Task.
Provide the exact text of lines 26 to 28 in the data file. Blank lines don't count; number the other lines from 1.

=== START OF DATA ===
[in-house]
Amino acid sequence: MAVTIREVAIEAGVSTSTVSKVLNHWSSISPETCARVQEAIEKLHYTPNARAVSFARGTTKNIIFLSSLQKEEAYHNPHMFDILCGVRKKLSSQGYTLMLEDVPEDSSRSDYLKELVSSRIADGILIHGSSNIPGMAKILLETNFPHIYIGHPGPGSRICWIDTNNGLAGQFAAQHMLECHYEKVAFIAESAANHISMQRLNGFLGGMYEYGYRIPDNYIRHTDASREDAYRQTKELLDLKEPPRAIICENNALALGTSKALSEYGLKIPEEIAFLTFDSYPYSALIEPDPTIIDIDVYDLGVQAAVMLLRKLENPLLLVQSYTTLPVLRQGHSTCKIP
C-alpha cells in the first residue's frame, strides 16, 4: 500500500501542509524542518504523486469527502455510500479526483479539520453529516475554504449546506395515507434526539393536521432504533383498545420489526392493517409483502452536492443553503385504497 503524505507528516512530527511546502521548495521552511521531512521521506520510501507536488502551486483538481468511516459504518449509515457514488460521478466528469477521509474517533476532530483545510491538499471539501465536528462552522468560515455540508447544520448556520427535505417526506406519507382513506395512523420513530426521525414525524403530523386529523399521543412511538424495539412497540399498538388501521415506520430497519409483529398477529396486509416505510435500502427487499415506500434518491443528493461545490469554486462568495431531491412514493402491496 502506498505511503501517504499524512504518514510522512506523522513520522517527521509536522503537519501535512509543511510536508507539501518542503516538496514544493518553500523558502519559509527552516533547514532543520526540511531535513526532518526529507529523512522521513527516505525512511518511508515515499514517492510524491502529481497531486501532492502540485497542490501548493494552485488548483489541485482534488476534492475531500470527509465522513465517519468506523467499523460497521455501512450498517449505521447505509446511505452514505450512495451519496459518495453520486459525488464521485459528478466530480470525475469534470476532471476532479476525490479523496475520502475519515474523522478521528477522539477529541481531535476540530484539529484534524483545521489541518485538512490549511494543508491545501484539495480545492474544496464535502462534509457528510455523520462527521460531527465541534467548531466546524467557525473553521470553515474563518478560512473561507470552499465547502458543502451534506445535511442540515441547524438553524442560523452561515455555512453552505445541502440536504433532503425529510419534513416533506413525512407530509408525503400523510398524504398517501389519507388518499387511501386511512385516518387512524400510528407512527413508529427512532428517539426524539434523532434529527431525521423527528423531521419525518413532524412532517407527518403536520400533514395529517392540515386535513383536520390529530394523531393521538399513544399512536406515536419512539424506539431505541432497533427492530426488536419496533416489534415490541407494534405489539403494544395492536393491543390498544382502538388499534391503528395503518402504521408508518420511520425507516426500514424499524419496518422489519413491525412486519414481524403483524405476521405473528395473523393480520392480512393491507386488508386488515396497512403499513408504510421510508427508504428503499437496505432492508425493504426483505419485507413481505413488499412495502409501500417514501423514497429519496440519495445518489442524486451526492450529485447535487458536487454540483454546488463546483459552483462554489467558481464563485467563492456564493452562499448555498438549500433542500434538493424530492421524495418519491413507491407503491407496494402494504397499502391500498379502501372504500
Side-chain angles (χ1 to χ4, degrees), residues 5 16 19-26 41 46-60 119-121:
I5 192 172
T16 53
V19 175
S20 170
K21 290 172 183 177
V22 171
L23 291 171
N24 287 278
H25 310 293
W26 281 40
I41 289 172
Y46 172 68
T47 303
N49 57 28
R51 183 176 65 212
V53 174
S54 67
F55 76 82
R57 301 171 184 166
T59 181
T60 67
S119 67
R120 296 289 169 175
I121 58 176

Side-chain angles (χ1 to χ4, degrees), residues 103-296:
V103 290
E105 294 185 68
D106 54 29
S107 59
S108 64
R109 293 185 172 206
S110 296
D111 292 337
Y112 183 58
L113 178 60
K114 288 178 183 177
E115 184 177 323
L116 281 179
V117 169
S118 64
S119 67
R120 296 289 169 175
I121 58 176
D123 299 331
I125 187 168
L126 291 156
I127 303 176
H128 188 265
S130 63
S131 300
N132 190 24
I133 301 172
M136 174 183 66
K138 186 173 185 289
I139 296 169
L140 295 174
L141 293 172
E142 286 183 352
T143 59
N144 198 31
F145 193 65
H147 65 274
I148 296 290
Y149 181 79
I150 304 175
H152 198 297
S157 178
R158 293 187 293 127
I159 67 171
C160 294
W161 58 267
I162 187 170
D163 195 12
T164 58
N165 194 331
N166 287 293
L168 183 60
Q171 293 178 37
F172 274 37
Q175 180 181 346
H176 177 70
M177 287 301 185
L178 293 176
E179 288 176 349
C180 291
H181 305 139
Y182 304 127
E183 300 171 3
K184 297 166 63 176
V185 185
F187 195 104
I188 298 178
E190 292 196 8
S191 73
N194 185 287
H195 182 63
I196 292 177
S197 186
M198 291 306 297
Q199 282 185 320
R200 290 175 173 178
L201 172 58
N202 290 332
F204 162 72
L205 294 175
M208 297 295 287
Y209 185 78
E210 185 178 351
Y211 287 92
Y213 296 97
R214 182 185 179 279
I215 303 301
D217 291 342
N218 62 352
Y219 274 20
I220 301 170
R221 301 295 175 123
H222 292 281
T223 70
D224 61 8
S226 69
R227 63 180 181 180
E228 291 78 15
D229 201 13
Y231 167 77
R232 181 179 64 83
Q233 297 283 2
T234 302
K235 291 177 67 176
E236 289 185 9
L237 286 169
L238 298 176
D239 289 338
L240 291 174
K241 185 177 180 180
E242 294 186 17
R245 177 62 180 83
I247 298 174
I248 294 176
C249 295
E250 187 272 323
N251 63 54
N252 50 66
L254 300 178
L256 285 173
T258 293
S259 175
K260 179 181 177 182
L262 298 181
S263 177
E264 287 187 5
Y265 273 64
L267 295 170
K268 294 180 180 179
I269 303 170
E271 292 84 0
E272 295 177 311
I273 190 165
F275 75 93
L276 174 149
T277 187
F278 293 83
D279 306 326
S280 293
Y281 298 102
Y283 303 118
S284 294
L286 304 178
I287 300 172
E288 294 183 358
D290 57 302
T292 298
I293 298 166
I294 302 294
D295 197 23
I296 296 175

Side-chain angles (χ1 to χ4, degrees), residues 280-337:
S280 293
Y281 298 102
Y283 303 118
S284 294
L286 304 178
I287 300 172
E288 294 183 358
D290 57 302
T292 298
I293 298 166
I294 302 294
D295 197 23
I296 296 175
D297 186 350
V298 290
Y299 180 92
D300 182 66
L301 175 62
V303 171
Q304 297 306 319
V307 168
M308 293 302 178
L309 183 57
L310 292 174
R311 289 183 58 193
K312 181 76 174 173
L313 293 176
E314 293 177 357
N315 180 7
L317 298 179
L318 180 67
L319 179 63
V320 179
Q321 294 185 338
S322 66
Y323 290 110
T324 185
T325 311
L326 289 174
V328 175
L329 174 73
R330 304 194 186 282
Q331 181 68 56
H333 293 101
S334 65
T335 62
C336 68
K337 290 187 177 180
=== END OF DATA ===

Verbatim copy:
S119 67
R120 296 289 169 175
I121 58 176